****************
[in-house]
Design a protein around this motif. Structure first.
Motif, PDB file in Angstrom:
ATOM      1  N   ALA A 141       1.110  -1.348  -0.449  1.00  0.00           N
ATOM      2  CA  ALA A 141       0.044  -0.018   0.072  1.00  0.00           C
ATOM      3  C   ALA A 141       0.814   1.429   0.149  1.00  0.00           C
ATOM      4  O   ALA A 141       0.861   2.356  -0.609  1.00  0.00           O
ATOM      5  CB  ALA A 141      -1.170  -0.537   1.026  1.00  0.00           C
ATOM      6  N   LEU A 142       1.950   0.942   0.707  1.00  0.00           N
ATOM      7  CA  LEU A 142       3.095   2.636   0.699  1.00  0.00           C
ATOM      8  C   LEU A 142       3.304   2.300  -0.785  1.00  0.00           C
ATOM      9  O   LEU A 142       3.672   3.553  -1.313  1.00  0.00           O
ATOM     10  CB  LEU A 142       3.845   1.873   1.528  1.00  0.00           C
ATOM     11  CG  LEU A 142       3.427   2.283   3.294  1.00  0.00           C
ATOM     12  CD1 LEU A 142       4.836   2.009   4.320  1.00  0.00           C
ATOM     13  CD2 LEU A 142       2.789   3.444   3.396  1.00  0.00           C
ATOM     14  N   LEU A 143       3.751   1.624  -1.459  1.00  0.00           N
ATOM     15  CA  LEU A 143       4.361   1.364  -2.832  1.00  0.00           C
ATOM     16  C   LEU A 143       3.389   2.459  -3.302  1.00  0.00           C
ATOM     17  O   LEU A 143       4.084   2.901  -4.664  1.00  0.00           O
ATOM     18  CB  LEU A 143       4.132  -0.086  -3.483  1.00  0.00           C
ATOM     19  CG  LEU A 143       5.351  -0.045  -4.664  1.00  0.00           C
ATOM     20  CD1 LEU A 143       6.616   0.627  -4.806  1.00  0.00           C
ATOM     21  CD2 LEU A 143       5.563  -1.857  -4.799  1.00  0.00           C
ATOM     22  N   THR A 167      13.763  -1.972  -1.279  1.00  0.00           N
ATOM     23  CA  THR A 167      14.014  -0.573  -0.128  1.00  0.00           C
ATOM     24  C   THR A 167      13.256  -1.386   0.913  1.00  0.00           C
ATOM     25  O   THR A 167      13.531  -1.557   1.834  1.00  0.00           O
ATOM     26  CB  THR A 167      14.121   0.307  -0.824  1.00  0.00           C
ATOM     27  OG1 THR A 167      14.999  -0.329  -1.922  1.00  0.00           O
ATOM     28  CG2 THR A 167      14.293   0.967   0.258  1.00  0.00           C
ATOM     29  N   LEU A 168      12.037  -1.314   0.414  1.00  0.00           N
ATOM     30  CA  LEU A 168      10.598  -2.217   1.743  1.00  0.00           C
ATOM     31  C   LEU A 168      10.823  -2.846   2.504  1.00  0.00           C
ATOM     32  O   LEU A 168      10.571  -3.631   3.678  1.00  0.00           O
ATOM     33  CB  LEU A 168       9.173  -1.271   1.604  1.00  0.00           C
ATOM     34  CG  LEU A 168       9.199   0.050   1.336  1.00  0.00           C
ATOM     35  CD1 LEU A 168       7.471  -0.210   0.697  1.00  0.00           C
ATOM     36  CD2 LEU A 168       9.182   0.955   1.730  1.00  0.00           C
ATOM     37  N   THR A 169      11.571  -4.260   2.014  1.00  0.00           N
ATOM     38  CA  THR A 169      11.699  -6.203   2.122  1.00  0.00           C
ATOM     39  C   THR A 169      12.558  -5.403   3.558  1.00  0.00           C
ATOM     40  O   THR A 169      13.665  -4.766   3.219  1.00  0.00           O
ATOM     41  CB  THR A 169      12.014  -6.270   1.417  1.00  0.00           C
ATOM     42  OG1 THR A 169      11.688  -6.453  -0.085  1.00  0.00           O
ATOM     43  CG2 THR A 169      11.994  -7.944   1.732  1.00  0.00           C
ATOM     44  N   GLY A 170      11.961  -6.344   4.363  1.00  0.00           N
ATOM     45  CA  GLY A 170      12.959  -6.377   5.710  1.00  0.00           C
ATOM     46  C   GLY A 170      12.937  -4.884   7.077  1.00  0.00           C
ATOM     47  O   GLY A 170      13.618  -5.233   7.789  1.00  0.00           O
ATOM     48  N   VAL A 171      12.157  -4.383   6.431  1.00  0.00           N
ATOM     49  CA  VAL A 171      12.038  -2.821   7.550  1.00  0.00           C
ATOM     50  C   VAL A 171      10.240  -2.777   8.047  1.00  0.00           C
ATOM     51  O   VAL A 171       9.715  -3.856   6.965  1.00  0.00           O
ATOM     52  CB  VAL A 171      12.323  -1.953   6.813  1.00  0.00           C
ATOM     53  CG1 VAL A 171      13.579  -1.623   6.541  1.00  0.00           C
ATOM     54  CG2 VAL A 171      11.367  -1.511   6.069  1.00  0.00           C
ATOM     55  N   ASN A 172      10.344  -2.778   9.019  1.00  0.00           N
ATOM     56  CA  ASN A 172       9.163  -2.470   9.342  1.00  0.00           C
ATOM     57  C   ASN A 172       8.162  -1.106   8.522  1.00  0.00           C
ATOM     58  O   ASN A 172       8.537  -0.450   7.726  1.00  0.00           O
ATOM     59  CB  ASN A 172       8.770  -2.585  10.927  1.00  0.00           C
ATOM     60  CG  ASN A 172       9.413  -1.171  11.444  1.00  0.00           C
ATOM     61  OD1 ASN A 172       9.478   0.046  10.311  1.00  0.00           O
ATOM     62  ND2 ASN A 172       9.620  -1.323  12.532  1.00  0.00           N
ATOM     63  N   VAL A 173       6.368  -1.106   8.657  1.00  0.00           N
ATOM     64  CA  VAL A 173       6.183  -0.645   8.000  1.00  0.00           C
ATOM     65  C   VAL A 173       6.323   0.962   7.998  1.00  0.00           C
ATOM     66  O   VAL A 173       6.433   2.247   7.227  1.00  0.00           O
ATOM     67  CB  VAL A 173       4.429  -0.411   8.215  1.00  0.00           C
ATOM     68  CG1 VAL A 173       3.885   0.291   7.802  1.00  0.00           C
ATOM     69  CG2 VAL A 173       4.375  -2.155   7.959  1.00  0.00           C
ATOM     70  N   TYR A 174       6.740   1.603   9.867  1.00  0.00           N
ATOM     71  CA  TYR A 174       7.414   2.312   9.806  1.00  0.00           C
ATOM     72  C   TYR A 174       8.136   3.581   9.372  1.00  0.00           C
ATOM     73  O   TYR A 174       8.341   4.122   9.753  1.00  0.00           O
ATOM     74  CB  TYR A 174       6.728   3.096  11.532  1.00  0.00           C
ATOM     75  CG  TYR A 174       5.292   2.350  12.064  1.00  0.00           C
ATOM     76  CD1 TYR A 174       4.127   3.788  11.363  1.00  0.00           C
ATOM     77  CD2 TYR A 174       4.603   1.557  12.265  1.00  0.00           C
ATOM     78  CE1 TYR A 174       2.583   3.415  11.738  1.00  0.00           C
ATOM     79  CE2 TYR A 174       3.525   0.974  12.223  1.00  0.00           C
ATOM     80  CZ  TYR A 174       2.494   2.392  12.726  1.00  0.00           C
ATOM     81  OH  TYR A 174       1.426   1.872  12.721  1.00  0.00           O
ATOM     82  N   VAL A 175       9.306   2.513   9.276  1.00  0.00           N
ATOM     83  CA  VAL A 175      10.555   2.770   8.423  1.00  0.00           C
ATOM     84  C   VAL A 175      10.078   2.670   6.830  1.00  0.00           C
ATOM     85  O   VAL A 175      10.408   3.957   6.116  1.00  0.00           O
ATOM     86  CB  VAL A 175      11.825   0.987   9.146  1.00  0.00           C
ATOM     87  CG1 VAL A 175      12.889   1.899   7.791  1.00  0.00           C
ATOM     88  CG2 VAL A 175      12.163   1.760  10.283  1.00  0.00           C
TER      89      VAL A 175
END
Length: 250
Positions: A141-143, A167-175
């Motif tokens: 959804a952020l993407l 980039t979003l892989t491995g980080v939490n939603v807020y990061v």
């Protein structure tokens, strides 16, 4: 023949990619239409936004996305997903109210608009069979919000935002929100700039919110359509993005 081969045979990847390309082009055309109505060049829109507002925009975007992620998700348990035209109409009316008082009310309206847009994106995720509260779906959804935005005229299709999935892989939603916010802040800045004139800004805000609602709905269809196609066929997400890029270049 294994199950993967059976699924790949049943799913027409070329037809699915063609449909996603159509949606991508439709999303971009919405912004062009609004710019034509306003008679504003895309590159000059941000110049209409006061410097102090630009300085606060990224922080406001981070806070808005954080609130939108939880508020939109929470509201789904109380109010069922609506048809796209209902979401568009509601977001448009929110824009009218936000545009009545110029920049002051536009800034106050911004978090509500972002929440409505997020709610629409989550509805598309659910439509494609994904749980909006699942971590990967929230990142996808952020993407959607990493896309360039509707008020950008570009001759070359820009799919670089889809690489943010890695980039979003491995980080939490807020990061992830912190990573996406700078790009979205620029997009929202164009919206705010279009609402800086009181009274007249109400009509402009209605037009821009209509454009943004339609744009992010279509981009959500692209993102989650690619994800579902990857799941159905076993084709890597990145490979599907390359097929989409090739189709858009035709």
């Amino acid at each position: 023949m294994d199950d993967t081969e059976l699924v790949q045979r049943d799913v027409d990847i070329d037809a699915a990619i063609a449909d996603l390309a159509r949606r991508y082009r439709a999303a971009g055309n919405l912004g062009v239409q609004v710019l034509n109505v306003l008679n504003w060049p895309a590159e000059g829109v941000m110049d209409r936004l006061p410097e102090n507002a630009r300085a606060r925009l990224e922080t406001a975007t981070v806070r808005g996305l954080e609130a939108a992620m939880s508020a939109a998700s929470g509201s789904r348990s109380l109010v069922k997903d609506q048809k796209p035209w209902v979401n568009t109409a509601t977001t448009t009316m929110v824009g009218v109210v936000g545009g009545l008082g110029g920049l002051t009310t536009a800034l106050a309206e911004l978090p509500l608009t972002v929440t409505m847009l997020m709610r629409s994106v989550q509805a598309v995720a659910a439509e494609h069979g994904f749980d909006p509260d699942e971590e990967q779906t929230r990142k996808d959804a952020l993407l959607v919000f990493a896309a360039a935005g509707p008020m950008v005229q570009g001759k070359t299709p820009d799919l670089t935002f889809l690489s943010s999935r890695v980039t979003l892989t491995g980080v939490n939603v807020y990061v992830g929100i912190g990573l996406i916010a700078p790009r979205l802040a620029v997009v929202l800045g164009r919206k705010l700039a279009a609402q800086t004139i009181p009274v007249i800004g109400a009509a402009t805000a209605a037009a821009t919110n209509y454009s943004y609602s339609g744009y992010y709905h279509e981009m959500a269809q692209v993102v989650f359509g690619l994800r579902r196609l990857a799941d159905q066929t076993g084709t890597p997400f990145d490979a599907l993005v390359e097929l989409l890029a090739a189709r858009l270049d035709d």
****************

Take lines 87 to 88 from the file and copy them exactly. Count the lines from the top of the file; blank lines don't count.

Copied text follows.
ATOM     84  C   VAL A 175      10.078   2.670   6.830  1.00  0.00           C
ATOM     85  O   VAL A 175      10.408   3.957   6.116  1.00  0.00           O